{ Dunne specifically mentioned Boucher as one of his closest friends when he gave an interview to Marian Finucane last year. As director of the Bank of Ireland’s retail financial services division, Boucher also supported Dunne’s ambitious plans for the Jury’s Hotel site, writing a glowing submission on Bank of Ireland notepaper to the planning department of Dublin City Council about the need for the massive development. }
    So there you have it. Lenihan, The Department of Finance, Dublin City Council, the bankers bailout, BoI, BoI’s directors, property loans, the Dunner, the Dunner’s mates, the media, etc. etc.

    All aligned to a common goals. All up to their necks in their own incompetence. And all scrambling to save their backsides. All influencing the framework of policy. And they don’t even need ditherer to make the system corrupt.

    It is no longer corruption – it is called ‘saving the economy’ now. Put on a green jersey, don’t think about it too much and cheer on the boys in green (our speculator class portrayed as our heroes). More nonsense to turn a nation of individuals into unthinking overleveraged lemmings again.

    Except we are wising up :)))

    • wills

      Deco: excellent investigative links and I for one will be reading up on these Dr. frankeinsteins of the POnzi Rep monster’s racketeering exploits.

  38. Tim


    “It is no longer corruption – it is called ’saving the economy’ now.”

    I have been able to learn absolutely nothing about the expected termination of the investigation into the shenanigans at ANGLO. Everyone is tight-lipped about what is happening: Gardai, media, govt and opposition. I remember calling for the CAB to become involved many months ago; this has still not happened either. I know that drug dealers destroy lives, so the CAB is appropriate in such cases; but the banking shenanigans have destroyed many more lives than any drug dealer. Why not freeze the assets and accounts of the people involved in shady bank deals that have destroyed lives/businesses/jobs?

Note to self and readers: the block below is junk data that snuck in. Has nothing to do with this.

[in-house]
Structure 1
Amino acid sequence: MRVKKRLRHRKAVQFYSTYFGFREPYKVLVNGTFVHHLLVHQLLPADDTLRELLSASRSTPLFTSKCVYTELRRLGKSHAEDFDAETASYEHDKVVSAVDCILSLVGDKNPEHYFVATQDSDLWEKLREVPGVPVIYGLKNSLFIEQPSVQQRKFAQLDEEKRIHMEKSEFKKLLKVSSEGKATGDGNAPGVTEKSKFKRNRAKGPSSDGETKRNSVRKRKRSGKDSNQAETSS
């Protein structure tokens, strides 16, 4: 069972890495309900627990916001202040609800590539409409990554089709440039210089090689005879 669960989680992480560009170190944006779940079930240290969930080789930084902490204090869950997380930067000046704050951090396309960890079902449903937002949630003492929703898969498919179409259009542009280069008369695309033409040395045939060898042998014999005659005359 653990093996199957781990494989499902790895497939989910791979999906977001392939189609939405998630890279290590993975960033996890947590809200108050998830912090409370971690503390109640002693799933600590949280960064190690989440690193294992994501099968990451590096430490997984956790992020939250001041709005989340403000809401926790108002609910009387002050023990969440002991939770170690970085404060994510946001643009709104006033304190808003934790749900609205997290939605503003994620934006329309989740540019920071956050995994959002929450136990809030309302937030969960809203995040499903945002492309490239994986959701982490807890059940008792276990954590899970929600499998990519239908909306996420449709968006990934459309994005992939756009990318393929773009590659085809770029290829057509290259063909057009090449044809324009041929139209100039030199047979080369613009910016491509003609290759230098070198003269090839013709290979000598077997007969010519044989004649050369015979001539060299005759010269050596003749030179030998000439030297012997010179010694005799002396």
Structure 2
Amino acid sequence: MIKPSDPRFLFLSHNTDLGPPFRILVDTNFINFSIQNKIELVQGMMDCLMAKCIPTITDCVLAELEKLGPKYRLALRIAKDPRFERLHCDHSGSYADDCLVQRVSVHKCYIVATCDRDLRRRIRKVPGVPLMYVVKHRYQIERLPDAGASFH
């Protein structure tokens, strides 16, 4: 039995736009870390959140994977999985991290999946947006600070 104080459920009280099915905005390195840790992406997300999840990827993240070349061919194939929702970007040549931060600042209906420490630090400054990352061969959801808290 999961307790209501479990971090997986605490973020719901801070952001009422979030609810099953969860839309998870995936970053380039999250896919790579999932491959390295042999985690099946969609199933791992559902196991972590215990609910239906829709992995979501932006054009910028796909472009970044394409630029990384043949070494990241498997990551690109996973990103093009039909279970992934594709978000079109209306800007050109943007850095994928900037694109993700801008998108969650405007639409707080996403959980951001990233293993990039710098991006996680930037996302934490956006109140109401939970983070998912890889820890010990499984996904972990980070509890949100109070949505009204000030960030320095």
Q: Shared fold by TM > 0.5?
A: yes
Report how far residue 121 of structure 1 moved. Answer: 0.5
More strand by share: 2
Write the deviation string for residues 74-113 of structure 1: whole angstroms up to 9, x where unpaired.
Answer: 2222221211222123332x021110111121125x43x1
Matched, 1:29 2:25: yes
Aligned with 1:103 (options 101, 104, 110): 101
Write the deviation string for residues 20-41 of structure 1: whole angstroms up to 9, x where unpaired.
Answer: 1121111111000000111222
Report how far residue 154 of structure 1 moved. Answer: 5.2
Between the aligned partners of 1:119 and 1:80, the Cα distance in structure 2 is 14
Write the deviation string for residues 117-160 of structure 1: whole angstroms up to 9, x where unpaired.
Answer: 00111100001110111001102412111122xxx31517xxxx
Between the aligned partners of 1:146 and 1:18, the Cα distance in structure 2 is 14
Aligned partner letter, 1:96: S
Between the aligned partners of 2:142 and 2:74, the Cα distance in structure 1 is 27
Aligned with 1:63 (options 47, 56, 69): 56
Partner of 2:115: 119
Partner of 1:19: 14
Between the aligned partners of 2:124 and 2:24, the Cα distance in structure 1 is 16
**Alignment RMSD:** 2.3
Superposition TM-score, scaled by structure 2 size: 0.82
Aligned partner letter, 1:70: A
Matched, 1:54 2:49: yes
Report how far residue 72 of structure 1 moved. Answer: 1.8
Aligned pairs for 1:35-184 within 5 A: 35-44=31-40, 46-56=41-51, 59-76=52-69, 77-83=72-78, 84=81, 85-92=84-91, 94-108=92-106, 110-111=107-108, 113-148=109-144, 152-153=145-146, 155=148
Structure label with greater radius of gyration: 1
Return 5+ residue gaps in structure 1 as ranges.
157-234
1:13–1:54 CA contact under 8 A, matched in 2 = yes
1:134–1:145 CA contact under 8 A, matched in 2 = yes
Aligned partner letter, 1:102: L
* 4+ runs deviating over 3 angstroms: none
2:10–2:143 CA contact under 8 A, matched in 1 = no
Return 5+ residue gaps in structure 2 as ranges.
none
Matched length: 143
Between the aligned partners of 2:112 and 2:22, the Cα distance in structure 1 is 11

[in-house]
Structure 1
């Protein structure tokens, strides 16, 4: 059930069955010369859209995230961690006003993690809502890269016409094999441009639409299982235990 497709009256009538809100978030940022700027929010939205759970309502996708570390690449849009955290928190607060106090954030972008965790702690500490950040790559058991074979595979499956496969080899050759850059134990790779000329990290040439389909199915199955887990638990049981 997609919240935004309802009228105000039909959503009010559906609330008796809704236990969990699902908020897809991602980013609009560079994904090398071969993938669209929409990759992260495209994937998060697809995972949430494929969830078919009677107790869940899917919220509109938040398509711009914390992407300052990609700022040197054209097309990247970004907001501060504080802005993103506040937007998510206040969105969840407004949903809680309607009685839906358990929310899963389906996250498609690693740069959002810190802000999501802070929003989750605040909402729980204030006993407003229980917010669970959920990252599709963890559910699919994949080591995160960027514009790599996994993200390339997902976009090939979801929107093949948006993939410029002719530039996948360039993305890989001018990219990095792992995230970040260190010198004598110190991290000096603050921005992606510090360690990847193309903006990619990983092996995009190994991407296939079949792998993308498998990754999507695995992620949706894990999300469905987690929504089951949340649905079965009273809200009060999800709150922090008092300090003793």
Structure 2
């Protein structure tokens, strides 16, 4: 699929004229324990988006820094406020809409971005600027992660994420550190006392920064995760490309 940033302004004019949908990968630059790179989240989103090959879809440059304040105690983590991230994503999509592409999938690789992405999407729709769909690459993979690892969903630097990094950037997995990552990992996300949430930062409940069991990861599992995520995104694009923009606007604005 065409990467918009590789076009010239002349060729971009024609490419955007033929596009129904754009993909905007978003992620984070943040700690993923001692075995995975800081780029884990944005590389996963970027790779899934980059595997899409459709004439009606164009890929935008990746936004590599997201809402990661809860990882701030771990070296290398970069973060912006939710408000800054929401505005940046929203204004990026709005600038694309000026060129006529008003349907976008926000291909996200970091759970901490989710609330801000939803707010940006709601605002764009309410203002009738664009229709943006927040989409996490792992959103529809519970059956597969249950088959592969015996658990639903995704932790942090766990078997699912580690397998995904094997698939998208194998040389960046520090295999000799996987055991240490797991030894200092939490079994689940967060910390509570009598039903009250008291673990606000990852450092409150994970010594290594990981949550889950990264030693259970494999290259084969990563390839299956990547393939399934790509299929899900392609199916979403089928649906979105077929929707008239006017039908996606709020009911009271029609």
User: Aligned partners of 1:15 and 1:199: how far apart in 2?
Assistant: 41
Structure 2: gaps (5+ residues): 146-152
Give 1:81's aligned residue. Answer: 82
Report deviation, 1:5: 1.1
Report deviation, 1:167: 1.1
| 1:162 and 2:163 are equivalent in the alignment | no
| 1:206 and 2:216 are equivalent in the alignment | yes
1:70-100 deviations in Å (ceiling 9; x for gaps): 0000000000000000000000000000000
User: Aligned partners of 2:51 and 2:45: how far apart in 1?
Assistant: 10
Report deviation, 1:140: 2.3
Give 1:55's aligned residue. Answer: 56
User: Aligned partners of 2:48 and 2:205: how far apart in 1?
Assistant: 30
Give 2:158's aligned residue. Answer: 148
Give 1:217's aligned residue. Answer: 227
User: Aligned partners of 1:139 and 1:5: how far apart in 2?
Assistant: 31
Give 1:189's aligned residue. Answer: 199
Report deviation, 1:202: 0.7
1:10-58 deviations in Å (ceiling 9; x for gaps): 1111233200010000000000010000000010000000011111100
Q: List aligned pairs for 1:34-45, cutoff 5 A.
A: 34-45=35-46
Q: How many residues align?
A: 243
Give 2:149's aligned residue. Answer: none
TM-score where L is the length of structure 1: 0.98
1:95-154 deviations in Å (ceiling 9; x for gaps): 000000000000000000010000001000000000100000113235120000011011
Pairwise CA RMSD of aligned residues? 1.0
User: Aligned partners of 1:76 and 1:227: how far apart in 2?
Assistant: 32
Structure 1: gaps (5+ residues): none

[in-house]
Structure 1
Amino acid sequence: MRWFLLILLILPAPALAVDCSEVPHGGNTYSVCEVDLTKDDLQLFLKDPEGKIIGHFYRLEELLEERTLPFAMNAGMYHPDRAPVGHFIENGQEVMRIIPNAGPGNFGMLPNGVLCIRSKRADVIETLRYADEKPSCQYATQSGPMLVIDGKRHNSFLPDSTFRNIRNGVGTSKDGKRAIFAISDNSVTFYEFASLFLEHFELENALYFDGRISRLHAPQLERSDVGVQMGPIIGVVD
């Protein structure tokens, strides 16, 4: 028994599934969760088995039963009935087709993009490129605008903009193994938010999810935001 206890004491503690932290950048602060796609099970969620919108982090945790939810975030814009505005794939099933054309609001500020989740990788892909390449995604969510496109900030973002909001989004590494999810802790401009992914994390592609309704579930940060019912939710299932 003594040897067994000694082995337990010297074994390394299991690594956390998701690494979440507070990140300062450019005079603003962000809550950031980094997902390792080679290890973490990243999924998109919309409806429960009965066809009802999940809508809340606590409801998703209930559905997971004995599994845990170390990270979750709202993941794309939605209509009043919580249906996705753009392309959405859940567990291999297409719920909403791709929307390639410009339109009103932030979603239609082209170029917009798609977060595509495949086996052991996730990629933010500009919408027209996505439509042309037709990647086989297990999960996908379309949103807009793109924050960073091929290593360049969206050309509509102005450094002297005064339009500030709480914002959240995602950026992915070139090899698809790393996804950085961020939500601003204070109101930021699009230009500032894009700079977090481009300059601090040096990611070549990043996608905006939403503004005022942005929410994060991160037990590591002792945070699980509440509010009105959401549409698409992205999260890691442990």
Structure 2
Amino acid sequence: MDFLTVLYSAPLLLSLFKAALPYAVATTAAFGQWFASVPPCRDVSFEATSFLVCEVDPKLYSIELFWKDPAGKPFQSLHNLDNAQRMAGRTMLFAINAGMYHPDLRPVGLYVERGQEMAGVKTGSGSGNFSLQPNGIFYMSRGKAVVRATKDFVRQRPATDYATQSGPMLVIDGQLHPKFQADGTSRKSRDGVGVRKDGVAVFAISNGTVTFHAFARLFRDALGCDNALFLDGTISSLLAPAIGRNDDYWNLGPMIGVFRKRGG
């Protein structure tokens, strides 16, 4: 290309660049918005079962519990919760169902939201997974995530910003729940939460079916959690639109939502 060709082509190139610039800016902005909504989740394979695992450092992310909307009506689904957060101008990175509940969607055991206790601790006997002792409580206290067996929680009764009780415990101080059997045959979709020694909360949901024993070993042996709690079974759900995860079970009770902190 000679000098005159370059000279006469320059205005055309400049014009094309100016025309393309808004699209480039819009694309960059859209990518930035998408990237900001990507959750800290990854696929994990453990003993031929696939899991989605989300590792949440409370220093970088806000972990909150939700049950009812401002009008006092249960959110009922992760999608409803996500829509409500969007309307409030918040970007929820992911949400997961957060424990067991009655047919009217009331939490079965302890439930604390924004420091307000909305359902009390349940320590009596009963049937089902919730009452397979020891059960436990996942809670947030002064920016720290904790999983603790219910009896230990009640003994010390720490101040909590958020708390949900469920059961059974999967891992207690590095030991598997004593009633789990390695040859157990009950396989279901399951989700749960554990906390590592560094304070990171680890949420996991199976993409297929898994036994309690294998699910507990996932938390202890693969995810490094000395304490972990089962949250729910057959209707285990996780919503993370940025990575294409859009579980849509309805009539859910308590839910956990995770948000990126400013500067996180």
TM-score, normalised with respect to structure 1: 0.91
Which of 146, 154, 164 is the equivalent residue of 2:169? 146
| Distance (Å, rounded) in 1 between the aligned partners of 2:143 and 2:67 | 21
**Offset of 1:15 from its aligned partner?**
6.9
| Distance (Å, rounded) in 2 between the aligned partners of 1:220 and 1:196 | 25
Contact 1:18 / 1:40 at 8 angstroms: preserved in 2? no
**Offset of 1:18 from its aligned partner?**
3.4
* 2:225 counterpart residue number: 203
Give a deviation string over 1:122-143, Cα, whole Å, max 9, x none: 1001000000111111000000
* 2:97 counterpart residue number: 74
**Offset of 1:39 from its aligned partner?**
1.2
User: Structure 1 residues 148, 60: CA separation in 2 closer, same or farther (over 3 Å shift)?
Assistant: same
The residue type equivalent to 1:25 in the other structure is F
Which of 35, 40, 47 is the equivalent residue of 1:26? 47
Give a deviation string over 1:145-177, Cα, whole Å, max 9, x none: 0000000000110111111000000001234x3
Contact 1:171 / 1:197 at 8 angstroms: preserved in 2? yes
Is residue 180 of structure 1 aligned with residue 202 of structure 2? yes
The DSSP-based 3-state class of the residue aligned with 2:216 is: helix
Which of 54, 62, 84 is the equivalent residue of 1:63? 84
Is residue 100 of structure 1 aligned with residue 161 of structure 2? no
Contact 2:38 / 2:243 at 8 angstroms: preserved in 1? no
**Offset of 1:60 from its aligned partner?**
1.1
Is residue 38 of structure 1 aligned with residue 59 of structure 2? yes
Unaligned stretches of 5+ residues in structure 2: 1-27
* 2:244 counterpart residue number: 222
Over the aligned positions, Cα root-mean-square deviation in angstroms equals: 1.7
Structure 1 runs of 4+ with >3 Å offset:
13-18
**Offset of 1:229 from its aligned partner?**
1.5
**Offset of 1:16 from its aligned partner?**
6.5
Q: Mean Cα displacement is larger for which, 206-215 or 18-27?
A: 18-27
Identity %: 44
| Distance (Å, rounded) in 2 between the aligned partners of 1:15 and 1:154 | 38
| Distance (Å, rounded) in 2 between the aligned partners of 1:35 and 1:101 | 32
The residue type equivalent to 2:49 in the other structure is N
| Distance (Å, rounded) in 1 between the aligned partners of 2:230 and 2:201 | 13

With IBEC today calling on govt to, effectively, support private business (almost as if they were all in the public sector!), I stumbled across this quotation:

    “Here was a man with all the duties of seeking large money. He concocted a scheme which ……….. did defraud men and women. It will not do to have the world understand that such a scheme as that can be carried out … without receiving substantial punishment.” (Judge Clarence Hale, 21 November 1920, before sentencing Charles Ponzi to five years in a Federal prison).

    Any similarities with wills’ and our “ponzi Rep?


    • Deco

      Even though they (authority) are telling us nothing….we must keep asking questions. I am sure that Joe Behan or Shane Ross, can use the Oireachtas priveleges to get more information. Even if they asked publicly, it would induce the media to match up and ask the same questions.